Also during the course of our call, we will discuss several non-GAAP financial measures. For a reconciliation of these non-GAAP measures to GAAP measures, please refer to the table at the end of our earnings release, a copy of which is available on our website. Unless otherwise noted, special charges are excluded as we walk you through our numbers. These items are detailed in our earnings release. And now, I'd like to turn the call over to Jeff Smisek, President and CEO of United.

Jeffery A. Smisek

Thanks, Nene and Sarah, and thank you all for joining us in our third quarter 2012 earnings call. Today, we reported net income of $520 million for the third quarter or $1.35 per diluted share, delivering a pre-tax margin of 5.3%. We achieved this result despite operational challenges and high jet fuel prices, and I want to thank my coworkers for working together to generate more than $0.5 billion of profit during one of the toughest quarters of our integration. I know it wasn't easy, but our recovery from a very tough summer exemplifies what makes United great: Our team working together to make our airline better for our customers.

This quarter, we focused on improving our operational performance and investing in our fleet, our products and the tools our coworkers use to do their jobs. While we didn't do a good job with our operations during June and July, we took substantial steps during the quarter to improve our performance.

On our second quarter earnings call, I told you that we were going to return to running a reliable airline by adjusting our airport staffing levels, returning to our historical standard for spare aircraft, increasing the number of maintenance hours and touch points for our aircraft and rolling out the first release of our new, faster and easier to use interface for SHARES, our passenger service system.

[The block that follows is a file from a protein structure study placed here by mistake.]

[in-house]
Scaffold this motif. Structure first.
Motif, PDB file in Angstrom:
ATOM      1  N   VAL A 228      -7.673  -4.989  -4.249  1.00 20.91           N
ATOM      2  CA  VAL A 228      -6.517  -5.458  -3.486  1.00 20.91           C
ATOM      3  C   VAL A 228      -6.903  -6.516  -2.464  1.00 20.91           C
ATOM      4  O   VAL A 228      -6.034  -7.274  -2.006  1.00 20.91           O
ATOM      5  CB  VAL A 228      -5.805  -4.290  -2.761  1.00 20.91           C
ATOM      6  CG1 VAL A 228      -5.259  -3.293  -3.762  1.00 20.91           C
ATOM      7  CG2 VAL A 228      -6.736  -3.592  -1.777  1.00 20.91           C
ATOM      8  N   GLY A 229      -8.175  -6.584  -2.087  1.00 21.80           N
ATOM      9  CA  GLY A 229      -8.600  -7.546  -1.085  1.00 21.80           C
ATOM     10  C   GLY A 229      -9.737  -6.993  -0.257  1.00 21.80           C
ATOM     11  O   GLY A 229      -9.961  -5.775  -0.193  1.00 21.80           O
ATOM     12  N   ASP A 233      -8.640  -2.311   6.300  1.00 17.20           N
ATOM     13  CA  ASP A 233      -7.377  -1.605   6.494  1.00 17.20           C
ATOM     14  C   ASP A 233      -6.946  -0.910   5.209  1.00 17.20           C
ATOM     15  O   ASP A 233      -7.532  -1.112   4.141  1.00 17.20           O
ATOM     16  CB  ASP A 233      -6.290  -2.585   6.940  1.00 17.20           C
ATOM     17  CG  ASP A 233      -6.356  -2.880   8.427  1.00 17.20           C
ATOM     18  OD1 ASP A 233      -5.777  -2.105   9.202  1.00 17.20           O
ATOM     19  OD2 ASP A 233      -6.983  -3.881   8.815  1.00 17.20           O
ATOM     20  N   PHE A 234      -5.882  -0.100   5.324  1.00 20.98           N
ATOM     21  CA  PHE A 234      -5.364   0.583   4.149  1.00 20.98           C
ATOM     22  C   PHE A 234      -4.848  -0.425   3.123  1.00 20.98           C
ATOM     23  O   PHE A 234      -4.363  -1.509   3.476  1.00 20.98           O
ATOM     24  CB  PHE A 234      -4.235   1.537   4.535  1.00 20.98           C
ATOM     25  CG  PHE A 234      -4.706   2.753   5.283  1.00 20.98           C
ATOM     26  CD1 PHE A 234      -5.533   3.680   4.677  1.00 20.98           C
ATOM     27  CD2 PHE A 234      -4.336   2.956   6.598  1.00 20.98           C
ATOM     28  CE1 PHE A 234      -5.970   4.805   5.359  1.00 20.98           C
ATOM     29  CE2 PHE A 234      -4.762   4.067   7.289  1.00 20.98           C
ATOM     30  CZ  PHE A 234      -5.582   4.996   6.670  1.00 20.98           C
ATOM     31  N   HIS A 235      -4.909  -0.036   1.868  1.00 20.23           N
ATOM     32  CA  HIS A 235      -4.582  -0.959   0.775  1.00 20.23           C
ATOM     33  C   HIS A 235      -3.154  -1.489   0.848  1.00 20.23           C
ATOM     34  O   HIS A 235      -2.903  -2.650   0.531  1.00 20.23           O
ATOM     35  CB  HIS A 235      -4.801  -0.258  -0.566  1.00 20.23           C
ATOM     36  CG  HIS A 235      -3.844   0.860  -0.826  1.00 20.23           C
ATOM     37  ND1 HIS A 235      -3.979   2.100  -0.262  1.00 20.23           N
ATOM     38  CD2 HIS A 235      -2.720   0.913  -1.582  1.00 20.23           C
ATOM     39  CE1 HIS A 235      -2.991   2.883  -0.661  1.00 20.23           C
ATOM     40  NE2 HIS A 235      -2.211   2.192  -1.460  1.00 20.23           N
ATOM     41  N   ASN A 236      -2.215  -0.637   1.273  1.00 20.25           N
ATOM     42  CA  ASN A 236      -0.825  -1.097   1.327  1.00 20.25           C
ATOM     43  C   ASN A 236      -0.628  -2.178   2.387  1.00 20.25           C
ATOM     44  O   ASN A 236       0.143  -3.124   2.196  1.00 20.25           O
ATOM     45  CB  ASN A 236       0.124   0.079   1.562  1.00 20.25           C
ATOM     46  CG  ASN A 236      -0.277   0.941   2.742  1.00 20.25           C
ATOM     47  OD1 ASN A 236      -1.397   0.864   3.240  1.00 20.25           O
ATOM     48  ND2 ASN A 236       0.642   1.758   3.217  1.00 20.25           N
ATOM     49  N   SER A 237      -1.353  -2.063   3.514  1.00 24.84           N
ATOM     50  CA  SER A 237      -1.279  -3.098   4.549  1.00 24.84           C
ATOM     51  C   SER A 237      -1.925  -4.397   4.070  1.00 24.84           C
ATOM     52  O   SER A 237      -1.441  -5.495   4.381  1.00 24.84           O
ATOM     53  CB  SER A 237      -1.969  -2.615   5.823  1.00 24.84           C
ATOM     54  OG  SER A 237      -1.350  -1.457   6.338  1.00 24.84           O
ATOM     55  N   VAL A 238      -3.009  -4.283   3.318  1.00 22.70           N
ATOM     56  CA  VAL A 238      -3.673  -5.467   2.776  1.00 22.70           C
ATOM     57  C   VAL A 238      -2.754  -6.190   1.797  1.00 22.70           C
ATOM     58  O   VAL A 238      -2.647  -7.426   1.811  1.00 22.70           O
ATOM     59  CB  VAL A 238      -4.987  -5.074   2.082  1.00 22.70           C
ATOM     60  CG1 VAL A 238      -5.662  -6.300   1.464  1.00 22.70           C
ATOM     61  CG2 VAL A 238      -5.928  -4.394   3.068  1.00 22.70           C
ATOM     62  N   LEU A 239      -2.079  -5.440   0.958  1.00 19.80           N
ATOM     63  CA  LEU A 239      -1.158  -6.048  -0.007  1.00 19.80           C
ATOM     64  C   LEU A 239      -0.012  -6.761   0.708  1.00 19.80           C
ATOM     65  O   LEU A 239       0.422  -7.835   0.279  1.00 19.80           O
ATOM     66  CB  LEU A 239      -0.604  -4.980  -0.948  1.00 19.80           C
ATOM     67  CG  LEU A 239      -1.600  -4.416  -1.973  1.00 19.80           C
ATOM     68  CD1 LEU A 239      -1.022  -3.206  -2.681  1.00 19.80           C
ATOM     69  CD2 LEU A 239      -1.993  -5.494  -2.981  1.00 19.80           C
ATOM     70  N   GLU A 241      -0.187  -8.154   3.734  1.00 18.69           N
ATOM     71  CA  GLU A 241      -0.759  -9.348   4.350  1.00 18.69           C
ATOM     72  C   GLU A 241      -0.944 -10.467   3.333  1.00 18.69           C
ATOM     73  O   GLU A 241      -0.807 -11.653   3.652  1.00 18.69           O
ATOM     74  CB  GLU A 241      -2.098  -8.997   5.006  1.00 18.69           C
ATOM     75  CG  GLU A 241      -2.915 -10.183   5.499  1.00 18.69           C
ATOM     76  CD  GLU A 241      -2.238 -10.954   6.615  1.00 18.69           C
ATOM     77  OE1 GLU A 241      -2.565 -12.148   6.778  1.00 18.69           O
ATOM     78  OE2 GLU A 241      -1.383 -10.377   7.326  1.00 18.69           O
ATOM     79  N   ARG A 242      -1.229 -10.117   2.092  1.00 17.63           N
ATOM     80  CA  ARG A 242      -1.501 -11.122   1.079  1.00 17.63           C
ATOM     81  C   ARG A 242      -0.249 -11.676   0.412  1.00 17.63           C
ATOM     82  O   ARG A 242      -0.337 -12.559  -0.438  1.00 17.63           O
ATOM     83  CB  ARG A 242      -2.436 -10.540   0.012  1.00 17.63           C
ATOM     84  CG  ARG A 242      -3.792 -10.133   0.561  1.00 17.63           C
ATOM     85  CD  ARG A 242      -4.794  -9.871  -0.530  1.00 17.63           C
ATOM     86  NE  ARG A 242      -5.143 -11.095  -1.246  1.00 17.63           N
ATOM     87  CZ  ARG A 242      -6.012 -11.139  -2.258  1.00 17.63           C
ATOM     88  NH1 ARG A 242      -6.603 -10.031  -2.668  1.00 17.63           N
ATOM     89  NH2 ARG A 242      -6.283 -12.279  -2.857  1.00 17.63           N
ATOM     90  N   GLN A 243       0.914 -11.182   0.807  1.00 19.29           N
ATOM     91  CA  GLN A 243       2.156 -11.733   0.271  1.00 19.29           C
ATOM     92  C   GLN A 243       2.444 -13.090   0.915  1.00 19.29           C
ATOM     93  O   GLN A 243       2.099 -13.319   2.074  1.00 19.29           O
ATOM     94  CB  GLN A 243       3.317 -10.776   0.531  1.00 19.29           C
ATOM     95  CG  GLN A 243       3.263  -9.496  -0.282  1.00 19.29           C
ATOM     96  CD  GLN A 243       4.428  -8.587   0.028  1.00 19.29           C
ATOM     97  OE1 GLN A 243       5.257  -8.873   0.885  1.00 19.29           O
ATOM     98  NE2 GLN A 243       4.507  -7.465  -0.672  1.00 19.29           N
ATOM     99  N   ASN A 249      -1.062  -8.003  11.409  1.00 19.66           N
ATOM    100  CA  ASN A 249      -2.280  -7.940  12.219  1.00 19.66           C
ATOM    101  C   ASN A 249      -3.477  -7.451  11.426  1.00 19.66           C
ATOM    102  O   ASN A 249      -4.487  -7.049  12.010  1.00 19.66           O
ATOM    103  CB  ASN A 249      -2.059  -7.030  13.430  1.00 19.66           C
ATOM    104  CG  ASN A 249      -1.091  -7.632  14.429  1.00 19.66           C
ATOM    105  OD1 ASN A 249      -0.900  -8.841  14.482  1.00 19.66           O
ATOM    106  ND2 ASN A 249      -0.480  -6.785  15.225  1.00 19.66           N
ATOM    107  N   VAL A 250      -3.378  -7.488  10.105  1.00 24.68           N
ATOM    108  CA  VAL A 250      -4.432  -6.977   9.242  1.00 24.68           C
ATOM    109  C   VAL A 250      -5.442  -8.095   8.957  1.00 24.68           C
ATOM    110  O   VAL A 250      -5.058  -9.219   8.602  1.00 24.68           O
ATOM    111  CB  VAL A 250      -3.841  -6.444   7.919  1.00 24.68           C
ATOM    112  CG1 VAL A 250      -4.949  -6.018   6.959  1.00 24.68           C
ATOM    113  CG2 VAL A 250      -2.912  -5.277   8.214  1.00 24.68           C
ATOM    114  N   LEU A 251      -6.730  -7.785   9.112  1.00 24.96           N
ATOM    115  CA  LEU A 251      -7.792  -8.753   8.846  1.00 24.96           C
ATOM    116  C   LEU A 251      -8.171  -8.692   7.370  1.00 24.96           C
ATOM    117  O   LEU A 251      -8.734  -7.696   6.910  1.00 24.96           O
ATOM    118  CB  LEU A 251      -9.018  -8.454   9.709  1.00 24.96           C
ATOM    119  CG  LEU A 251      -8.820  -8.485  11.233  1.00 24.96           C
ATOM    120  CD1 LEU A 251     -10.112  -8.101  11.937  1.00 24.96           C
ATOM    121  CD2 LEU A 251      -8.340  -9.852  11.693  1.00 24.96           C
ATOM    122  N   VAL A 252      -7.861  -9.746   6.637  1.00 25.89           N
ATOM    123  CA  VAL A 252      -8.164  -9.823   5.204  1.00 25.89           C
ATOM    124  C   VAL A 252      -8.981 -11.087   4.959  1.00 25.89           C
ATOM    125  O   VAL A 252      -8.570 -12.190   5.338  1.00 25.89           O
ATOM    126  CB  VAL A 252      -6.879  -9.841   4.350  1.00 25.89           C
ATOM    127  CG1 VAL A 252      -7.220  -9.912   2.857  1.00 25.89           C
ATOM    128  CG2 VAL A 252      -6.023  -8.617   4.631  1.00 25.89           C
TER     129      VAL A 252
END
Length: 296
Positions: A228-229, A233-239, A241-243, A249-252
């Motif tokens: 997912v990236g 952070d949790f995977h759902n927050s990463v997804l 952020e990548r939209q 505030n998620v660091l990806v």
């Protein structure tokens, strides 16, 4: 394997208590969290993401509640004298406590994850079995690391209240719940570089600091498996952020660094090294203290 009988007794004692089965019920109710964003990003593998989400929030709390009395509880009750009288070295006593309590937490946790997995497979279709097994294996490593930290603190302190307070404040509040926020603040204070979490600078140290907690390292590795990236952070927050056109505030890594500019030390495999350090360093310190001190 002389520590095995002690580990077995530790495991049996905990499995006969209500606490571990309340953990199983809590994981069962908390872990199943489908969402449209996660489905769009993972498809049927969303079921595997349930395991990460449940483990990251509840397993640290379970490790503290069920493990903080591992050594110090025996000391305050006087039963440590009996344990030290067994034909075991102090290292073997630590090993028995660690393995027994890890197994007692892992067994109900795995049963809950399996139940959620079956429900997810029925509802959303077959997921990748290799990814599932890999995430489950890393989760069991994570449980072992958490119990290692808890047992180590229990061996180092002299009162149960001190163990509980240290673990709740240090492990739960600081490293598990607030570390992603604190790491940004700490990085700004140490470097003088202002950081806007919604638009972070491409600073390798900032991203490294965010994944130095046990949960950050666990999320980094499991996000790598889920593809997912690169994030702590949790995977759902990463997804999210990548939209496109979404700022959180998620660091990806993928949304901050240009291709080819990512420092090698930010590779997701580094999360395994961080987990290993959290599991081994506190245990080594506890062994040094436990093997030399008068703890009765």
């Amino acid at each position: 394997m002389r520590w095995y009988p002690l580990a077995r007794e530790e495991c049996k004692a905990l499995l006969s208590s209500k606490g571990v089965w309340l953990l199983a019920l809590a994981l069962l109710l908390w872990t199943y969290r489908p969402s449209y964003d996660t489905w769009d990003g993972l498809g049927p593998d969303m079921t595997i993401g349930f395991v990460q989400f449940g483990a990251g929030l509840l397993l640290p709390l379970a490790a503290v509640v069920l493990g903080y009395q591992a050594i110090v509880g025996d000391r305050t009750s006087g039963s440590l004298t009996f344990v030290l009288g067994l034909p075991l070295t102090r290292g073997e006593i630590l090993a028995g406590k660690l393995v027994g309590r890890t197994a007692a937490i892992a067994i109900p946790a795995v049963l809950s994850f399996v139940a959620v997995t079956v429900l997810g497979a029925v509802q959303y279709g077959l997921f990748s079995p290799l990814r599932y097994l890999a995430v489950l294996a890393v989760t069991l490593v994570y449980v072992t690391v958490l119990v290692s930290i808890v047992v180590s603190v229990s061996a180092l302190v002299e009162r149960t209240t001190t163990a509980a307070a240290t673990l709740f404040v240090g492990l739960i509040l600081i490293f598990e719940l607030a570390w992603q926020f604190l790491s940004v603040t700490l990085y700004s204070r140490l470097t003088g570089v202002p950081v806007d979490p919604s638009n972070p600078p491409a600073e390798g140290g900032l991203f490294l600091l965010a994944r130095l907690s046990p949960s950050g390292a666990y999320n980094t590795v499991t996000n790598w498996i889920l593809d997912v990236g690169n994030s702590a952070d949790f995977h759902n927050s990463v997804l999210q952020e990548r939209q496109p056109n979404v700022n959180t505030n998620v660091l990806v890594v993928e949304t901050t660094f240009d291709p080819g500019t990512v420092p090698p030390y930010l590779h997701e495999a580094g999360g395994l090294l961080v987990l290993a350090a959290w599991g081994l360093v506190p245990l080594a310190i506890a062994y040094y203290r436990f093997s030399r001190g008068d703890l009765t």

We did all that and we are now running a reliable airline again. In September, our domestic on-time arrival rate was 82%, exceeding our goal of 80% and triggering an on-time bonus for our coworkers. Between July and September, our mishandled baggage rate declined by more than 30% and our mainline completion factor improved by 1.5 points to 99.4%. In addition to improving operational statistics, our customer satisfaction scores have increased significantly since our operational difficulties this summer.

We made substantial progress with our integration during the third quarter and continue on the right path today. However, we recognize that some of our customers chose to fly other airlines during the summer when our operational performance degraded. Just like when your preferred road to work undergoes construction, you might choose to take a detour until the road gets repaired.

Well, the road is repaired. And with our operations back on track, our unmatched global network and our industry-leading product offering, we expect to earn back those customers who took a detour and we expect to attract new customers as well. I am confident that we are building the world's leading airline, the airline customers want to fly, investors want to invest in and coworkers want to work for.